Ssozi Javie is a Technical Support – Volunteer at Women of Uganda Network. He graduated a BSC Computer Science from Makerere University. Also trained as a citizen journalist through the Citizen Journalism in Africa project. Ssozi has trained over 1000 youth in Uganda on how to use the ICTs and New Media to network and share information. Email: email@example.com Blog: http://jssozi.wordpress.com
Women of Uganda Network is an NGO that develops the use of ICTs among women as tools to share information and address issues collectively.
"Good judgment comes from experience, and experience comes from bad judgment." - Barry LePatner We learn quickly when we make serious mistakes. And it's expected that we'll make serious mistakes when we're young. To be the best we Picture courtesy of vishal (via Flickr) can be, it's our responsibility to know that the value (even in the worst experiences) is the It turns out there was no better way to become selflesson that makes us a better person a erwards. aware. I discovered my strengths because I had to. I put myself in situations where people relied on me I somewhat accidentally shaped my life around this so my abilities were forced to surface - if they premise. For some reason I chose to learn lessons didn't, there would have been consequences. fully, with the complete spectrum of my experience, tackling problems in my own way, even I became aware of my weaknesses. I put myself in if it took longer than normal, and even if it didn't situations where I was constantly pushed, really make sense at the time. stretched, challenged and tested. If I hadn't, I'd never know the boundaries of my own capabilities. FOR EXAMPLE When you step out of your comfort zone enough, it becomes addicting. Seemingly impossible feats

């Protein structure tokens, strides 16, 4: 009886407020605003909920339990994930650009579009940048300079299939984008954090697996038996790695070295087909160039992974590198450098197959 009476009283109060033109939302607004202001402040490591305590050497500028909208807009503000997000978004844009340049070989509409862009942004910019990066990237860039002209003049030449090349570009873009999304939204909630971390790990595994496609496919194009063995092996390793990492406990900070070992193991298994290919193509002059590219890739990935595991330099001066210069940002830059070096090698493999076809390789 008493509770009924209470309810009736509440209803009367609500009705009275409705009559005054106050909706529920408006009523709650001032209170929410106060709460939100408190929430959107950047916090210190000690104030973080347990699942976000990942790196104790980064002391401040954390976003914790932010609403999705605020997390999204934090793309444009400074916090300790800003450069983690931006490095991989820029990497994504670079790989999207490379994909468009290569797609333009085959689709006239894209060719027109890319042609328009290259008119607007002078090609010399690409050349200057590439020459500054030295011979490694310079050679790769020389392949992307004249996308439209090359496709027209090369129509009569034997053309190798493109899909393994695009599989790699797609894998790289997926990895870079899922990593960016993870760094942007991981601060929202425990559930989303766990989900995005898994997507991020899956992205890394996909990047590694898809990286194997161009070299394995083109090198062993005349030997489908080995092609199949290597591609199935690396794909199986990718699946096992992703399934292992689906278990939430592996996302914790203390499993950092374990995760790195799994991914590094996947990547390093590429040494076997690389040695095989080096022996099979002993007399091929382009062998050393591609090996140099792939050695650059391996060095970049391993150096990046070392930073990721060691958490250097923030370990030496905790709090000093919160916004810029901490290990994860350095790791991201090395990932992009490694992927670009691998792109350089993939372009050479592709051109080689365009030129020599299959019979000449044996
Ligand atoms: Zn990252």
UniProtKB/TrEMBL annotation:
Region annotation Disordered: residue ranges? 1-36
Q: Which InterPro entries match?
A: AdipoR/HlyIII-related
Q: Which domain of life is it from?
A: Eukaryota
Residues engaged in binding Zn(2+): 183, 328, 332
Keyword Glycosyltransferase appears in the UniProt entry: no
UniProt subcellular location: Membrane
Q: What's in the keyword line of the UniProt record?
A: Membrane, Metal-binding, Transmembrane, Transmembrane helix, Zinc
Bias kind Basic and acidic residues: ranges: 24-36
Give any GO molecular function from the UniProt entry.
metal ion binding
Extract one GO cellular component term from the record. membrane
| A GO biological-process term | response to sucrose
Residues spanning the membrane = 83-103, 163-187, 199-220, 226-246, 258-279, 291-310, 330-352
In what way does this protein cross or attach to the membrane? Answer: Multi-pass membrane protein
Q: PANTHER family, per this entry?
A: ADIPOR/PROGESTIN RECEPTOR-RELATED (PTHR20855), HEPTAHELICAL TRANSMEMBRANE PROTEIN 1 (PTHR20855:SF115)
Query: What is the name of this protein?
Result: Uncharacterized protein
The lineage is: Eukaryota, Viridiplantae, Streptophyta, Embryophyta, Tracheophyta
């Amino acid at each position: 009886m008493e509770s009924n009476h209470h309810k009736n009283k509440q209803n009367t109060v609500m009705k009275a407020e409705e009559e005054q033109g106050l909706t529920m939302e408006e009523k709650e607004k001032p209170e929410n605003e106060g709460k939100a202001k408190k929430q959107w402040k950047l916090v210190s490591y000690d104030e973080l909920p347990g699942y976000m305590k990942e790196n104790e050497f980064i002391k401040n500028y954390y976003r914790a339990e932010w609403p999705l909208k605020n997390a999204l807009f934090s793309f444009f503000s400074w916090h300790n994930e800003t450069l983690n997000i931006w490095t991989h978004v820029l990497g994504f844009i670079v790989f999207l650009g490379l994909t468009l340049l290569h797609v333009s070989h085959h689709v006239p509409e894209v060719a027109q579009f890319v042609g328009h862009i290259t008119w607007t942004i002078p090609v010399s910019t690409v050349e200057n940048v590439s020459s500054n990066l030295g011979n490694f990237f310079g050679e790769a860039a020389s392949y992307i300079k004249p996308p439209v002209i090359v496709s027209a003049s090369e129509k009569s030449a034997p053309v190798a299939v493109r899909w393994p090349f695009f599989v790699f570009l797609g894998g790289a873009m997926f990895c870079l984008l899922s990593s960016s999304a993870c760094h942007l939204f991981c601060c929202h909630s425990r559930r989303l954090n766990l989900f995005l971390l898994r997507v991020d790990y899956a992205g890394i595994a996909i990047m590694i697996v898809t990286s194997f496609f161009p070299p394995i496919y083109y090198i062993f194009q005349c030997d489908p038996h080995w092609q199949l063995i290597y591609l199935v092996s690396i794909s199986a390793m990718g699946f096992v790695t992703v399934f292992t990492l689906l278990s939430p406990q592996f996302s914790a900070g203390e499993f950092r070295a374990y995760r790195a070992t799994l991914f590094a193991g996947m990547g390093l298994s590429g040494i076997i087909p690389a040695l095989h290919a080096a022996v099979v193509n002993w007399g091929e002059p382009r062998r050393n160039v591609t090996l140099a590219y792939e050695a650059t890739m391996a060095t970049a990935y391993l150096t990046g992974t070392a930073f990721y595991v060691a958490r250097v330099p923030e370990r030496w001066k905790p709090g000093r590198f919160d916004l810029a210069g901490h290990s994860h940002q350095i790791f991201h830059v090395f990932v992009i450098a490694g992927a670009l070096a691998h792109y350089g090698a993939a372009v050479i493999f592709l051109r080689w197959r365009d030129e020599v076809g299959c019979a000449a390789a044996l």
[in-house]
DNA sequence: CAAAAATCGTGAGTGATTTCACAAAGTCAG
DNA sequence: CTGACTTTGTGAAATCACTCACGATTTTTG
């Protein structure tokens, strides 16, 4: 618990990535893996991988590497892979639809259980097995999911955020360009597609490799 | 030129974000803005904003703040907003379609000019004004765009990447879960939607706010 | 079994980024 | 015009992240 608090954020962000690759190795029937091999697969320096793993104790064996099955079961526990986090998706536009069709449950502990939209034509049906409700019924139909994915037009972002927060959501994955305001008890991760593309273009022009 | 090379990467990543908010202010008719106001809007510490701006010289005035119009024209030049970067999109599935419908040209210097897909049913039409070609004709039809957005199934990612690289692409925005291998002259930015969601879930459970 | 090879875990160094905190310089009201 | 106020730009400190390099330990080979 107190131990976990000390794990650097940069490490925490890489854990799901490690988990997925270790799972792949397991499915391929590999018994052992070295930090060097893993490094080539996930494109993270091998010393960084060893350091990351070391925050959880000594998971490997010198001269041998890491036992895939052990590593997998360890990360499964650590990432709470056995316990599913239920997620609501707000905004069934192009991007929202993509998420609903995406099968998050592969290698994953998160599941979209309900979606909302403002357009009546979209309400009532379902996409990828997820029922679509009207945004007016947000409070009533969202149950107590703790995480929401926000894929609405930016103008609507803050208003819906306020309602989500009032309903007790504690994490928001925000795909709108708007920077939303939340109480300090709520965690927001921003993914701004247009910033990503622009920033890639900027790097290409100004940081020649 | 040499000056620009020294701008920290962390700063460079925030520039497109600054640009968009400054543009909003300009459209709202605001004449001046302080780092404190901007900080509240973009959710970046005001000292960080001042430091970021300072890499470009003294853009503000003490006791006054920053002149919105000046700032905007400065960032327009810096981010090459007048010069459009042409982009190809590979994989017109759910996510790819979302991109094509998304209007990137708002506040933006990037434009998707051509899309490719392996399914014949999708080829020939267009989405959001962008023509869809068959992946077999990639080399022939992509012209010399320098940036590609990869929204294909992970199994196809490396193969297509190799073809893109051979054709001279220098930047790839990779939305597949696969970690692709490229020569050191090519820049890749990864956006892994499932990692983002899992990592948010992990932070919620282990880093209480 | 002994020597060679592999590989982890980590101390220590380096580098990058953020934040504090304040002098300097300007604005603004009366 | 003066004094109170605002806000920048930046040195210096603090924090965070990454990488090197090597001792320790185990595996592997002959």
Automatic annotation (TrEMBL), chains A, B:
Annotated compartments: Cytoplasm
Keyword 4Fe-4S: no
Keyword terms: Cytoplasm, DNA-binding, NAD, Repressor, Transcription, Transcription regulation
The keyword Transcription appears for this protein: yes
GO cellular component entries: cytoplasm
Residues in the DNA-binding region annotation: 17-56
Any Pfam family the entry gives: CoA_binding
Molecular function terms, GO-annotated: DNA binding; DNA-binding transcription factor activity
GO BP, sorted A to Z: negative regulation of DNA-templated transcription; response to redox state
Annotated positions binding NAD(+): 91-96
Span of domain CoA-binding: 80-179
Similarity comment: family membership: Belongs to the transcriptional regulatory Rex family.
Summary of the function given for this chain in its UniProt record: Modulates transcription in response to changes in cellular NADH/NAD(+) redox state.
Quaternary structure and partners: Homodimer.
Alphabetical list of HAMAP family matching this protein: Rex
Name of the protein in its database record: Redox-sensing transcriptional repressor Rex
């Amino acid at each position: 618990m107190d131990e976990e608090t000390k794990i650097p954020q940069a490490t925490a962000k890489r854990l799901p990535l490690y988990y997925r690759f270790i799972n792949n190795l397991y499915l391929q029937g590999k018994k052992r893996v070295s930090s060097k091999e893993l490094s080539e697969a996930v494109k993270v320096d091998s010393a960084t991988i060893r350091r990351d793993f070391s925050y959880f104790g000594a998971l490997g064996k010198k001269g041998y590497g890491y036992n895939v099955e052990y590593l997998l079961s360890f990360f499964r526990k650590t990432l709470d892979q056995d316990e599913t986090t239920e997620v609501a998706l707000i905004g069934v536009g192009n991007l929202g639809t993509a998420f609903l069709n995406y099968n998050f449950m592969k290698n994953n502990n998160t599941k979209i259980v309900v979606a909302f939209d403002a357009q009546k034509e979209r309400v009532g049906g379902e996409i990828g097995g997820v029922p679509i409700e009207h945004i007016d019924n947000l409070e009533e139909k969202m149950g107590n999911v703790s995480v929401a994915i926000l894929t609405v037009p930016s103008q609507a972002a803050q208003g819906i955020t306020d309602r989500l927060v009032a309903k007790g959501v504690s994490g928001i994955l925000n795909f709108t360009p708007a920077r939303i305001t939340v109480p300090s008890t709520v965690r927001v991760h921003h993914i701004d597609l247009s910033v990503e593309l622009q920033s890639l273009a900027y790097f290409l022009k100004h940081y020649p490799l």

For some reason I chose to learn lessons fully, with the complete spectrum of my experience, tackling problems in my own way, even if it took longer than normal, and even if it didn't really make sense at the time.
become simple tasks. But you’ll never know until you try. So be conﬁdent and comfortable enough with yourself to try anything. If you're afraid to take the plunge at any point, get excited by asking yourself: "What can I potentially learn from this?" Do a million things when you're young and surround yourself with people who push you to be the best you. Ask people how you’re doing. You’ll slowly uncover what you're great at and what you love. When you're selfaware and you set out to achieve something, you become a magnet that attracts the people and opportunities that will make your life fulﬁlling. ey’ll see that you know yourself, be energized by you and want to be around you - because you (unlike most people) will actually know what you want in life. Invest thought and energy into selfawareness, and nothing is impossible.
Pete Kistler is the founder and CEO of Brand‐ Yourself.com, an award winning social media toolset to manage your online reputation. An author, speaker and entrepreneur, Pete was one of Entrepreneur Magazine’s Top 5 College Entrepreneurs of 2009 and is cited as a leading Online Reputation Management and Personal Branding expert. Pete writes the Wednesday column for PersonalBrandingBlog, the #1 job blog by CareerBuilder syndicated by Forbes, Reuters and Fox Business. LinkedIn: in/petekistler Twitter: @pete_kistler